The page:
How the California Bag Ban Failed

person carrying disposable plastic shopping bag

California has long been a leader in the plastic bag ban movement. While the Golden State intended to eliminate single-use plastic when it passed a state-wide ban in 2014, things played out differently. Learn more about the California bag ban, what went wrong, and what officials are doing to fix the issue.

History of the Bag Ban in California

Before the state-wide bag ban, 100 cities, counties, and municipalities across California had implemented plastic bag bans or fees. In 2014, State Senate Bill No. 270, which banned disposable bags, was signed into law. Industry groups pushed back, and the matter went on the ballot. Voters approved the state-wide bag ban in November 2016, and the ban became effective.

Unintended Consequences

The ban was initially passed with the intention that any plastic bags used would be recycled, but soon after the ban became effective, retailers offered thicker plastic bags for 10 cents. These bags were intended to be reusable, but few shoppers reused these bags. Moreover, despite these thicker plastic bags being labeled recyclable, few were actually recycled. Research has shown that even when consumers try to recycle disposable plastic bags, only 22% of those bags will reach a recycling facility.

Concerns about the safety of reusable bags during the COVID-19 pandemic further compounded the entire issue. More consumers left their reusable shopping bags at home in favor of the thicker plastic bags available at the checkout. These thicker bags were treated as disposable bags.

In 2023, more plastic bags by weight were thrown away in California than when the statewide bag ban was passed. “We didn’t worry about the carve-out for these thicker bags in the early days,” said Mark Murray, director of the advocacy group Californians Against Waste. “It just didn’t seem like they were going to be the thing that they ultimately became.”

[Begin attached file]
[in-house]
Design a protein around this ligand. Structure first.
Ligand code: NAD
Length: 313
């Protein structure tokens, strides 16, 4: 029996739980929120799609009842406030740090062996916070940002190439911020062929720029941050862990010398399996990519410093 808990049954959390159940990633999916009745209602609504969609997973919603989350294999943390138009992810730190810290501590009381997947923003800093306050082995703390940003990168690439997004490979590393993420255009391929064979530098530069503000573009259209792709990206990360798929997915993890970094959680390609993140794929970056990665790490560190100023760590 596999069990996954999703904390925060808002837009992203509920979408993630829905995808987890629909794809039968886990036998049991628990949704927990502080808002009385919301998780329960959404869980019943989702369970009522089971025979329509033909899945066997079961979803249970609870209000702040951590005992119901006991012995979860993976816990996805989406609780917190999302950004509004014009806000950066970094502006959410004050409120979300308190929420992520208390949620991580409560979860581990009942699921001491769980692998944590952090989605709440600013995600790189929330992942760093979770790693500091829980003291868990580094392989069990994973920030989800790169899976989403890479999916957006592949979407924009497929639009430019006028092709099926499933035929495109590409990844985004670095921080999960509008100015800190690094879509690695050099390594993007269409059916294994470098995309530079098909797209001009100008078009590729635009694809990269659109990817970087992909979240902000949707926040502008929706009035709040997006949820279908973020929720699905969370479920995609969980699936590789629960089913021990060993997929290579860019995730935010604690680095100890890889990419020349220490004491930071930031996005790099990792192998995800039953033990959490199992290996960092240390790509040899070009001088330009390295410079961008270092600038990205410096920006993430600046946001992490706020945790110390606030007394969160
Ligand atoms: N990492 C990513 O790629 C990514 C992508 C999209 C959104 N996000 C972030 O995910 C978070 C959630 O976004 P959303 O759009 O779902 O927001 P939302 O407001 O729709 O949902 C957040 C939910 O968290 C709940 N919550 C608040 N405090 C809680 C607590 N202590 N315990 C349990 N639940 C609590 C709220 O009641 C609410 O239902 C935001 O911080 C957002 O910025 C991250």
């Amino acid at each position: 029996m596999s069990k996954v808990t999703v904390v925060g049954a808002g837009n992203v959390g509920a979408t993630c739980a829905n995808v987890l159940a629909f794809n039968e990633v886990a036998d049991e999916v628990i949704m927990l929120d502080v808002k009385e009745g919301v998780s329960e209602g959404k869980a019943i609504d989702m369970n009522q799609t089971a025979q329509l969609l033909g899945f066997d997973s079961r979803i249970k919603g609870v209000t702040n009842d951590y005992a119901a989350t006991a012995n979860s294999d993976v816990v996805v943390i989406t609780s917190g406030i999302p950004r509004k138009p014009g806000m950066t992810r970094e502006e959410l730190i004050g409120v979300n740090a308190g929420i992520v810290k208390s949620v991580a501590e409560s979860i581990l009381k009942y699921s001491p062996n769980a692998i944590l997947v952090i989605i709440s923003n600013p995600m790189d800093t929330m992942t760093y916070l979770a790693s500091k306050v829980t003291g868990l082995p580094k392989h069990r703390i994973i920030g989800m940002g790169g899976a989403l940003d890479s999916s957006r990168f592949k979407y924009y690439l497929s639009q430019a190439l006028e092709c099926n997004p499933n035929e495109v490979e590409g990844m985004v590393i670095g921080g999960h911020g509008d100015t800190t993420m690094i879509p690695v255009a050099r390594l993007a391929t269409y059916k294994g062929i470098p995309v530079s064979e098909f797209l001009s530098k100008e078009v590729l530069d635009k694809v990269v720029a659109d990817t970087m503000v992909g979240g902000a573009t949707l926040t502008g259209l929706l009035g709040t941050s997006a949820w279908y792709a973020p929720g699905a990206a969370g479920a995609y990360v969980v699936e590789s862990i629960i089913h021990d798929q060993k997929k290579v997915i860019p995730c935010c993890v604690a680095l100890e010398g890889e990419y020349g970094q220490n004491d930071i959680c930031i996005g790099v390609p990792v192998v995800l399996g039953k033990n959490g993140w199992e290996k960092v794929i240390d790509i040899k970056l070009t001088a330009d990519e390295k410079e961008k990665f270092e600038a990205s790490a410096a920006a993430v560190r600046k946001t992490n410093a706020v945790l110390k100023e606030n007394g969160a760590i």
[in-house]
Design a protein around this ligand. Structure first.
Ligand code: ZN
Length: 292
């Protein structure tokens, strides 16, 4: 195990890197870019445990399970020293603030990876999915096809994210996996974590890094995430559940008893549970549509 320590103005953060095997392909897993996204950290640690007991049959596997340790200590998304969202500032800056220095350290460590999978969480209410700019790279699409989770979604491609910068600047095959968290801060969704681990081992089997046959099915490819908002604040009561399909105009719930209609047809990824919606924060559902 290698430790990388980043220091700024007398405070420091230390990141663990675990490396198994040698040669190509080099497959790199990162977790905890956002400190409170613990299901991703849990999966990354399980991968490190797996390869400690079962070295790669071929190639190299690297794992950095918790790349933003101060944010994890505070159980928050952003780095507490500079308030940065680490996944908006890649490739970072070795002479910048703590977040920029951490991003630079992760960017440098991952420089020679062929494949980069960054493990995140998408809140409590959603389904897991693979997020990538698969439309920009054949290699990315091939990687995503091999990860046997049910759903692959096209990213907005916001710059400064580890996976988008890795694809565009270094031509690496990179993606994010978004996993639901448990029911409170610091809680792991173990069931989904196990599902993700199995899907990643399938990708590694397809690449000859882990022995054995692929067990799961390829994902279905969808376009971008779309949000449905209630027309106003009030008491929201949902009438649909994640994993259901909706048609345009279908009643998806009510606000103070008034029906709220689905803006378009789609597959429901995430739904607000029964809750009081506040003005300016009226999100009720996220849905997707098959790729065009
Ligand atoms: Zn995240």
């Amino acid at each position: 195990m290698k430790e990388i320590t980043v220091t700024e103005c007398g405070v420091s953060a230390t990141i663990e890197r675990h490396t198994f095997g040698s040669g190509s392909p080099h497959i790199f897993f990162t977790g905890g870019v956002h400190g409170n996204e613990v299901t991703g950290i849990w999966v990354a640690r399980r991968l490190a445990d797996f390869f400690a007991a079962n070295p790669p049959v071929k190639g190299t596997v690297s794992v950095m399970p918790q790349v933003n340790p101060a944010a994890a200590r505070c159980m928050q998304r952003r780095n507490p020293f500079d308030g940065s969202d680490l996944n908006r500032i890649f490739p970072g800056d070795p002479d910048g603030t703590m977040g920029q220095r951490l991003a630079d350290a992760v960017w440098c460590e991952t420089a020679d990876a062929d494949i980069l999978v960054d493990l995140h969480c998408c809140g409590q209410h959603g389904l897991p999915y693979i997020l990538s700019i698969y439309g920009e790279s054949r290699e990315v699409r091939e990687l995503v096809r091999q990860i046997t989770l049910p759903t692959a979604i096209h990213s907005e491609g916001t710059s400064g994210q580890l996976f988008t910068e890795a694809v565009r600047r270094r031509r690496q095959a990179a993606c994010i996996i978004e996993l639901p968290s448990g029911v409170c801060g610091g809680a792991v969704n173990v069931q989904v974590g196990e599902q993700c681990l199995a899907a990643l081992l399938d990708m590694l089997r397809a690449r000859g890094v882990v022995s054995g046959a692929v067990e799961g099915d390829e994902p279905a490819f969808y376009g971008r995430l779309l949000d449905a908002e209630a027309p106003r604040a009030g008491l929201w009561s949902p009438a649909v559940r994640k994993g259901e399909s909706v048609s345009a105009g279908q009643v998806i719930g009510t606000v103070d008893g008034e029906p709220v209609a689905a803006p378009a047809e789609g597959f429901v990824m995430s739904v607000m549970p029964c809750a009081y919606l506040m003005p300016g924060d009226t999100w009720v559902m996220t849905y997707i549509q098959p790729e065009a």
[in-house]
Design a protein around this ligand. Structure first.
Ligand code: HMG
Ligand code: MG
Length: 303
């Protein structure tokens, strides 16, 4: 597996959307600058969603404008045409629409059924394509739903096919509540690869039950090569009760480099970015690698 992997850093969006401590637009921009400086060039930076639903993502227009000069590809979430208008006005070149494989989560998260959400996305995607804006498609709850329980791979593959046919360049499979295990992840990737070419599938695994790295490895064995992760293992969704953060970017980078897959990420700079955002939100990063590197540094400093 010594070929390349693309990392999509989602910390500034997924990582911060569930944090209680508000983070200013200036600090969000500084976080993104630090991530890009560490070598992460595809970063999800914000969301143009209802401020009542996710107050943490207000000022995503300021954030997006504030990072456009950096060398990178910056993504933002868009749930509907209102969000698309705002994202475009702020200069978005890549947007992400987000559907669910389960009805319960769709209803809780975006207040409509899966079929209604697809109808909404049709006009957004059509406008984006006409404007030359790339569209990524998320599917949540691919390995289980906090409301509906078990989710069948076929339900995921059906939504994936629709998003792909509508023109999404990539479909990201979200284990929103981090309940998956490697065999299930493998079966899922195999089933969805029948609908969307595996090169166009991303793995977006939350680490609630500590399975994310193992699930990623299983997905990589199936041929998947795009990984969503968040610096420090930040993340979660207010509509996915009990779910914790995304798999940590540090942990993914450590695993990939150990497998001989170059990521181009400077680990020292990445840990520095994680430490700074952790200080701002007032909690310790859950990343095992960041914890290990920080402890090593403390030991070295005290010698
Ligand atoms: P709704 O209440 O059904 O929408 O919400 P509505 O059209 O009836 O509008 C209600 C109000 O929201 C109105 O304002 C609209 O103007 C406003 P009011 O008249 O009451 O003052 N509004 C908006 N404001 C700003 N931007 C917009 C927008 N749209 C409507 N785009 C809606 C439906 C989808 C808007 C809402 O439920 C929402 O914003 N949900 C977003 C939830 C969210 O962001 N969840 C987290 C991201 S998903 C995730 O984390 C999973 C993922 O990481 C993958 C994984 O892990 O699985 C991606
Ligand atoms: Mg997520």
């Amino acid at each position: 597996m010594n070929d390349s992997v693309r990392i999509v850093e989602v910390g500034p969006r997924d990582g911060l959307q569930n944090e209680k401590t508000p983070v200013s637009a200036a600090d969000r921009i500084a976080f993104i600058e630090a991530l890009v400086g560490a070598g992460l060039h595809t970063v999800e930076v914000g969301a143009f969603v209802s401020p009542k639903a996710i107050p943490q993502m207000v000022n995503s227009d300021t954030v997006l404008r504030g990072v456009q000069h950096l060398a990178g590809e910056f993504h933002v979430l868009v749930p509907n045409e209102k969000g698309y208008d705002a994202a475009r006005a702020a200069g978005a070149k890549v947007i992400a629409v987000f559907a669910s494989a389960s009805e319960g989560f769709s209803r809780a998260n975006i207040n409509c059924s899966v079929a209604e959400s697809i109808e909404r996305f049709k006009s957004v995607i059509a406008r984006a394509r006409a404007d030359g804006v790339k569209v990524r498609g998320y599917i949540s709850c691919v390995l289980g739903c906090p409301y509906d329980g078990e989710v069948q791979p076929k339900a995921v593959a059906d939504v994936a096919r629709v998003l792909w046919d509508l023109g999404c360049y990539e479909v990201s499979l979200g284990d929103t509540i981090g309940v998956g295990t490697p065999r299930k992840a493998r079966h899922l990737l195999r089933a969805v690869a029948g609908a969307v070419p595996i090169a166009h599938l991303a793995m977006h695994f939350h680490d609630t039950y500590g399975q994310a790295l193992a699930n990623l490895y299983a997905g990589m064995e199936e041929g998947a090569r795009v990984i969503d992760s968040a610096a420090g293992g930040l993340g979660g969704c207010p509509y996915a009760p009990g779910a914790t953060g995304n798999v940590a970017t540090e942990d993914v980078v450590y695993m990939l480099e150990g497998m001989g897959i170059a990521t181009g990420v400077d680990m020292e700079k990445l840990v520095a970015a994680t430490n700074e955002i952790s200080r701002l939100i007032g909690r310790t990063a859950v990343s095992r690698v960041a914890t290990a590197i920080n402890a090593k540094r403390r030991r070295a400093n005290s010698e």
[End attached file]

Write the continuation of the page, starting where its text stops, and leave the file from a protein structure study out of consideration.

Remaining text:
The Future of Single-Use Plastic Bags in California

New efforts are underway to ban all plastic bags at California checkouts and eliminate this loophole. Paper bags will still be available under the new proposal. If California’s new plastic bag bill is passed, it won’t be effective until 2026. In the meantime, plastic manufacturers are working to utilize recycled plastic better. However, significant improvements to the recycling structure are necessary for this to work.

Further Efforts

California has made other efforts to help consumers better understand the environmental impact of plastic. As part of the truth-in-advertising law passed in 2021, companies cannot use the recycling symbol on products unless there is evidence that the material is recycled in most California communities.

Lasting Impact

What happened in California is a common issue. Other states have learned from California’s plastic bag ban. States like New York have imposed more strict measures regarding the availability of thicker plastic bags at the checkout to avoid the influx of thicker bags in favor of bags that really are reusable.

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